Attorney General Jeff Sessions said yesterday that the Justice Department would work quickly to decide whether to appoint a special prosecutor to investigate Hillary Clinton, President Donald Trump’s election rival.
Sessions’ comments indicated that Republicans were seeking to mount a counter-offensive to the probe into Russian election meddling — and whether or not Trump’s campaign colluded with Moscow to sway the 2016 contest.
The Justice Department sent political shockwaves across Washington late on Monday when it revealed it was evaluating the possibility of naming a special counsel to probe the foundation of former president Bill Clinton and its ties to firms involved in a deal that sold US uranium rights to a Russian state company.
The letter also said it was reviewing the FBI’s handling last year of a probe into Hillary Clinton’s use of a personal server for official and in some cases classified e-mails, in breach of government rules, while she was secretary of state.
In the year since his election win, Trump has repeatedly suggested that the Justice Department should investigate allegations against the Clintons.
Sessions promised the committee that his department would move quickly to decide whether to take action on the cases, including appointing a special prosecutor.
“Do I have your assurance that these matters will proceed fairly and expeditiously?” committee chairman Robert Goodlatte asked him.
“Yes, you can, Mr Chairman, and you can be sure that they will be done without political influence and they will be done correctly and properly.”
Democrats said any such action would represent an unacceptable politicisation of the country’s justice system.
“If the AG bends to pressure from President Trump and his allies, and appoints a special counsel to investigate Trump’s vanquished rival, it could spell the end of the DOJ as an independent institution,” Democratic Representative Adam Schiff said on Twitter.
In an appearance before the House Judiciary Committee that at times became contentious, Sessions walked back earlier testimony made under oath that he had no knowledge of contacts between Trump’s campaign and Russia.
Recent court documents and testimony revealed fresh information on relations last year between Russian officials and Trump’s foreign policy advisory team, which was led by Sessions.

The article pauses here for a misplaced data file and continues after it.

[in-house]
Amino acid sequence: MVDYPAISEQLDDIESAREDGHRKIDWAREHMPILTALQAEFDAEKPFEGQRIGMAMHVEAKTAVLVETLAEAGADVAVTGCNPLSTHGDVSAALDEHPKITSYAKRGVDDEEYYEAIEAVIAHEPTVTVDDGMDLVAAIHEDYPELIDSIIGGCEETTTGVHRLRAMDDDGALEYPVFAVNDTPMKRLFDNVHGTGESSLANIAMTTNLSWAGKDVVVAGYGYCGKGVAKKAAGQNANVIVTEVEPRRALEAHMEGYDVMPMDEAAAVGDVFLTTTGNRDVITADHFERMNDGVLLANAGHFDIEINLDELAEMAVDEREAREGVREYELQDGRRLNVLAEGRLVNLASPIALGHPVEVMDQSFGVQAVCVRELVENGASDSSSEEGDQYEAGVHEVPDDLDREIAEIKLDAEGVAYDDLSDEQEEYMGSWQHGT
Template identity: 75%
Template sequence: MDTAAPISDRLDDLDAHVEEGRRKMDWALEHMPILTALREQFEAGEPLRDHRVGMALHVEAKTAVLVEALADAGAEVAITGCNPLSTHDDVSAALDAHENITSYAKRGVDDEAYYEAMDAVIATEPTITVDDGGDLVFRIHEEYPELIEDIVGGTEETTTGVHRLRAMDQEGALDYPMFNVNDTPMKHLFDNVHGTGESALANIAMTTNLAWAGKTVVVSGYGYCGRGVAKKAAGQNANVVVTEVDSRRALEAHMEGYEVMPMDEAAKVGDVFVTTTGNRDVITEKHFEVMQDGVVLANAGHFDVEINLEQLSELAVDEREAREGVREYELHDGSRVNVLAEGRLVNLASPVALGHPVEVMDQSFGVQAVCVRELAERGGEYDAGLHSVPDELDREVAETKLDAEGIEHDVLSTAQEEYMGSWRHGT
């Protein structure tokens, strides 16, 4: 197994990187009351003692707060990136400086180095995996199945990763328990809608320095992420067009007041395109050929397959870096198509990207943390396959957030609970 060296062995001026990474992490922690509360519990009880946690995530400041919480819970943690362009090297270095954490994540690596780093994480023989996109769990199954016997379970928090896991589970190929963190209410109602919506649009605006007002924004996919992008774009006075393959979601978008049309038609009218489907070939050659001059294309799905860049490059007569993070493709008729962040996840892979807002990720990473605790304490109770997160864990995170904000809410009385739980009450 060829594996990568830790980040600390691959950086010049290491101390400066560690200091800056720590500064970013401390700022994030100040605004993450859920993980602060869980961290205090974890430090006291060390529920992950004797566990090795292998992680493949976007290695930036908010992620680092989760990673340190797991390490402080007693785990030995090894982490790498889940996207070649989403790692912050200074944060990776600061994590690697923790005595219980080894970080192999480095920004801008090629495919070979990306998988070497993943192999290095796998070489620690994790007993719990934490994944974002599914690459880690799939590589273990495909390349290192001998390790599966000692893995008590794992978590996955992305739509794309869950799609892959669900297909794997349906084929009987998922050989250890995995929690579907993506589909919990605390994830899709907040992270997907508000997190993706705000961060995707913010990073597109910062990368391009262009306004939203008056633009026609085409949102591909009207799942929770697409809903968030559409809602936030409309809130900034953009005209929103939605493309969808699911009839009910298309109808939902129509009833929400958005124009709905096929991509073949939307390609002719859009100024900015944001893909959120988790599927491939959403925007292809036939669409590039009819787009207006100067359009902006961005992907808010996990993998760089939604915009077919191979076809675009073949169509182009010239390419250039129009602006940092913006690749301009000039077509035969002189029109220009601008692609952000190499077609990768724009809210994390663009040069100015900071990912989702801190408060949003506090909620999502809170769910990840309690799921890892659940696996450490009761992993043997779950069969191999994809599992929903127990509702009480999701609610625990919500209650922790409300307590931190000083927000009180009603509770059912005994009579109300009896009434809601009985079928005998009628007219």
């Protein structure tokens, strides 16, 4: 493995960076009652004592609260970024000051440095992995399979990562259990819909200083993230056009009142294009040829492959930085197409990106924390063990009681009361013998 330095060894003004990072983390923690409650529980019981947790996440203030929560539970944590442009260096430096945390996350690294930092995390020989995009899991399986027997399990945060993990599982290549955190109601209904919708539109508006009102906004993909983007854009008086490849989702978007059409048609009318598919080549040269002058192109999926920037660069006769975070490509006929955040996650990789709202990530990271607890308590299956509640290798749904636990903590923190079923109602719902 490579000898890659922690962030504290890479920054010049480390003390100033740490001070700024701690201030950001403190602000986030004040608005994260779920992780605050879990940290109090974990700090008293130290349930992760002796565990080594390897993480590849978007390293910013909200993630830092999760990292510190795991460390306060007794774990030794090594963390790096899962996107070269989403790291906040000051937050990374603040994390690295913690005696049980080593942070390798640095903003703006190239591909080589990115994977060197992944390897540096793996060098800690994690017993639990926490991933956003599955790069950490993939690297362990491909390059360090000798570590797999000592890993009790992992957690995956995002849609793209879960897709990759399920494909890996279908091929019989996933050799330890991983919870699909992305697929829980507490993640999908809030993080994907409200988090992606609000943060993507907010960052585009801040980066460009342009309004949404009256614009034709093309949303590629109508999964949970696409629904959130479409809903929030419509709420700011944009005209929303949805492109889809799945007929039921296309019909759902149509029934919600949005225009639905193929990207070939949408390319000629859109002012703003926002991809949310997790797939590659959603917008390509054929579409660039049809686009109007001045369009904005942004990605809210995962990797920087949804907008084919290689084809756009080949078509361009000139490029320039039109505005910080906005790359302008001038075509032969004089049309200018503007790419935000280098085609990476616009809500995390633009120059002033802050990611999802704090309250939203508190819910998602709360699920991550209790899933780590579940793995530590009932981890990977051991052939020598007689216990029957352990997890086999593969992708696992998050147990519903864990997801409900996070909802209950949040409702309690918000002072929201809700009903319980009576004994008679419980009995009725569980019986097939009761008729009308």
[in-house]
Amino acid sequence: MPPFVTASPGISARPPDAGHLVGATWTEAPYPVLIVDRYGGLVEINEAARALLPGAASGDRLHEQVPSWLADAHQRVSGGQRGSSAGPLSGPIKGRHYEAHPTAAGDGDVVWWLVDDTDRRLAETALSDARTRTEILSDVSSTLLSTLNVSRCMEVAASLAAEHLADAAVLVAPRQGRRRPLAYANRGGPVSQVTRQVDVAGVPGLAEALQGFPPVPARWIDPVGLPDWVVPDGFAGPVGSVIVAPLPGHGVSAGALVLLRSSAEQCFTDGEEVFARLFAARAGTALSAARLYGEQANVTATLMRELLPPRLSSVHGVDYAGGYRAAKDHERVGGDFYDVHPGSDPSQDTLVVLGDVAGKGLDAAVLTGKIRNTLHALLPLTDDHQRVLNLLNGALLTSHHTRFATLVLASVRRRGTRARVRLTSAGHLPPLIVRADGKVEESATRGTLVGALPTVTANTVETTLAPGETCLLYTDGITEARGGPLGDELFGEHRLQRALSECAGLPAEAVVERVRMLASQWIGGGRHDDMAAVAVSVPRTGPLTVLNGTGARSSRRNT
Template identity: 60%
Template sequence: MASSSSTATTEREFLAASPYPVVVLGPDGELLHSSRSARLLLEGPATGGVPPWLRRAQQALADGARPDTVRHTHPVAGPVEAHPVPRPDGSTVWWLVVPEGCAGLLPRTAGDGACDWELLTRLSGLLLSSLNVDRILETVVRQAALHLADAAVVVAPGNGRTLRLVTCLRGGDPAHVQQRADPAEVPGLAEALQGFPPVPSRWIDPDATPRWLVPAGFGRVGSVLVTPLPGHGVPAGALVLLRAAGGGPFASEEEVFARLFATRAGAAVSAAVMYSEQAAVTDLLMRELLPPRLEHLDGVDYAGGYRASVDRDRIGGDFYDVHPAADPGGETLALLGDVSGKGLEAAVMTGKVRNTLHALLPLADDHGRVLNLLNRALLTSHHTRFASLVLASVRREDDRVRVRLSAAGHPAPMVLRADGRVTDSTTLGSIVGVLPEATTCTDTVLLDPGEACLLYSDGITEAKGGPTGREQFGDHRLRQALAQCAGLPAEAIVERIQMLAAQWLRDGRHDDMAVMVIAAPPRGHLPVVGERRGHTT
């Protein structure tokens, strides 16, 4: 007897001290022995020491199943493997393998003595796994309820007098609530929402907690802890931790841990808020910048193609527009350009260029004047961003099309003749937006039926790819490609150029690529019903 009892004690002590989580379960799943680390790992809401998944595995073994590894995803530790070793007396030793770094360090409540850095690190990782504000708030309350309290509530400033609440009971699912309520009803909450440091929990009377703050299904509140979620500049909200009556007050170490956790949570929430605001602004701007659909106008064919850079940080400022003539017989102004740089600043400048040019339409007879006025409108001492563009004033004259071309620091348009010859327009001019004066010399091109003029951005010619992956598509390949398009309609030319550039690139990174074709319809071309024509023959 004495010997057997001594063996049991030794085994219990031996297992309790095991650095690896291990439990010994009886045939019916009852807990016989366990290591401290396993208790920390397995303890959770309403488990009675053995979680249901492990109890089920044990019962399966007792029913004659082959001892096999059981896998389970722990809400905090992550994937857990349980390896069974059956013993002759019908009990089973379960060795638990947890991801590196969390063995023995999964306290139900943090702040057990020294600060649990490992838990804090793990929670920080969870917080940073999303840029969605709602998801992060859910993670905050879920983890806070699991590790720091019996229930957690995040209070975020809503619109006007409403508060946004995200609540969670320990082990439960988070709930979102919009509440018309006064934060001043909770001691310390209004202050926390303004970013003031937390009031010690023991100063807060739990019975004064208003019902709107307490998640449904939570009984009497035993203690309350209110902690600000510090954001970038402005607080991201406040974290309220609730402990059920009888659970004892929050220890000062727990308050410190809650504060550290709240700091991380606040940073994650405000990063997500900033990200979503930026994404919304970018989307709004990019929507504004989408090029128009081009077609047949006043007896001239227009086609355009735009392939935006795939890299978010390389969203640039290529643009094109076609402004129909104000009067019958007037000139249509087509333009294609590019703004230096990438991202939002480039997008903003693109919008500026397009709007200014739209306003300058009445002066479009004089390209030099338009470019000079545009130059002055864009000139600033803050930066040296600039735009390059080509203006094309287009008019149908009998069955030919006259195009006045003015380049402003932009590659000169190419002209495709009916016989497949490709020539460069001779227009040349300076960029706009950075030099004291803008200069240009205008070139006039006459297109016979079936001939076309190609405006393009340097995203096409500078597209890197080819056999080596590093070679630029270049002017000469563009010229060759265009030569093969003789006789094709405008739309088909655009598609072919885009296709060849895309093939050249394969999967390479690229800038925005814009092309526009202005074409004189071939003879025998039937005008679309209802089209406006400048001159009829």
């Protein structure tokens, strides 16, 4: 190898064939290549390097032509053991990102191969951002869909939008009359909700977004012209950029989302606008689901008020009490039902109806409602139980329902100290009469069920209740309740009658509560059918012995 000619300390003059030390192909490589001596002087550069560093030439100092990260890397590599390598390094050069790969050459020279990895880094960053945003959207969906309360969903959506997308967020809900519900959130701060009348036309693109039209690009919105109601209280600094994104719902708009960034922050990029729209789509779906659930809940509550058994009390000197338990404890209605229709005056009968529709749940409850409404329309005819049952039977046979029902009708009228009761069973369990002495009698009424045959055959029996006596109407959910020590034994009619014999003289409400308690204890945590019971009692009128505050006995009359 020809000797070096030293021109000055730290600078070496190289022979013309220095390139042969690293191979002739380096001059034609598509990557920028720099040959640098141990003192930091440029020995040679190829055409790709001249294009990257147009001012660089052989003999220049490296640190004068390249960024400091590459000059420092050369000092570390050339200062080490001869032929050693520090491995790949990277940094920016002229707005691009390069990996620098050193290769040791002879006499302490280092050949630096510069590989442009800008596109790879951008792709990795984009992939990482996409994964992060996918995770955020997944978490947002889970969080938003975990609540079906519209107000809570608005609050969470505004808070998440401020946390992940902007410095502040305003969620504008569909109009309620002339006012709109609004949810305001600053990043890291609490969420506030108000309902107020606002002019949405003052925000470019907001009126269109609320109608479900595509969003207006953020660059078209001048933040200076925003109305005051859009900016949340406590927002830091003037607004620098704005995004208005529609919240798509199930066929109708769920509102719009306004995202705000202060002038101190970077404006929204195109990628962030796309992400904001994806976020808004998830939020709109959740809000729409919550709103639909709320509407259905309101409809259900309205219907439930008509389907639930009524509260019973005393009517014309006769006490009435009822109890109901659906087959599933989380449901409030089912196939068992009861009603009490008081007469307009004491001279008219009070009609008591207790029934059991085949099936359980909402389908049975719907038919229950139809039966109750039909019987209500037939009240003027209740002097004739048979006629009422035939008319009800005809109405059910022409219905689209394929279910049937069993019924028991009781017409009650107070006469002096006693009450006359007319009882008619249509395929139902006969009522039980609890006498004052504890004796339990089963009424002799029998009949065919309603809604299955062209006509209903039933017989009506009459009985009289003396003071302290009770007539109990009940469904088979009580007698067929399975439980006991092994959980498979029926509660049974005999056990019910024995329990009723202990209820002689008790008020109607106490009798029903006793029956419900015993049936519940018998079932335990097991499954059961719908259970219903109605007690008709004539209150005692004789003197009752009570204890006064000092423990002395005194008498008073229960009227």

He denied lying in past Capitol Hill hearings, but told lawmakers he had forgotten about a meeting in March 2016 with Trump, then a presidential candidate, and his foreign policy advisers at which such contacts were discussed.
“I do now recall the March 2016 meeting at Trump Hotel that Mr (George) Papadopoulos attended, but I have no clear recollection of the details of what he said during that meeting,” Sessions testified.
“After reading his account, and to the best of my recollection, I believe that I wanted to make clear to him that he was not authorised to represent the campaign with the Russian government, or any other foreign government, for that matter.”
Papadopoulos has pleaded guilty to a charge of lying to the FBI in the matter, in a deal that made clear he is assisting independent special prosecutor Robert Mueller, who is leading the Russian election meddling probe.
Sessions adamantly insisted that he was not changing his previous testimony.
“My answers have never changed. I have always told the truth,” he said.
“I will not accept and reject accusations that I have ever lied under oath. That is a lie.”
Separately, Sessions slammed leaks of classified information that he said had reached “epidemic proportions,” and confirmed the existence of 27 probes into such leaks.
“It cannot be allowed to continue and we will do our best effort to ensure it does not continue,” the attorney general said.
Trump has complained often and bitterly about leaks of sensitive information since he came to power, notably related to the probe being led by Mueller.
LEAVE A COMMENT Your email address will not be published. Required fields are marked*
Blaze ‘spreading more slowly’
Some Ryanair pilots in Ireland to strike, German union steps up pressure
Firefighters look to gain on California wildfire
Police slap terror charges on NY subway bombing suspect
'Terror' bomber strikes New York subway, three hurt
Flooded streets in Jakarta
US, S Korea, Japan start missile-tracking drill
NZ appoints ex-central banker Orr as new Reserve Bank governor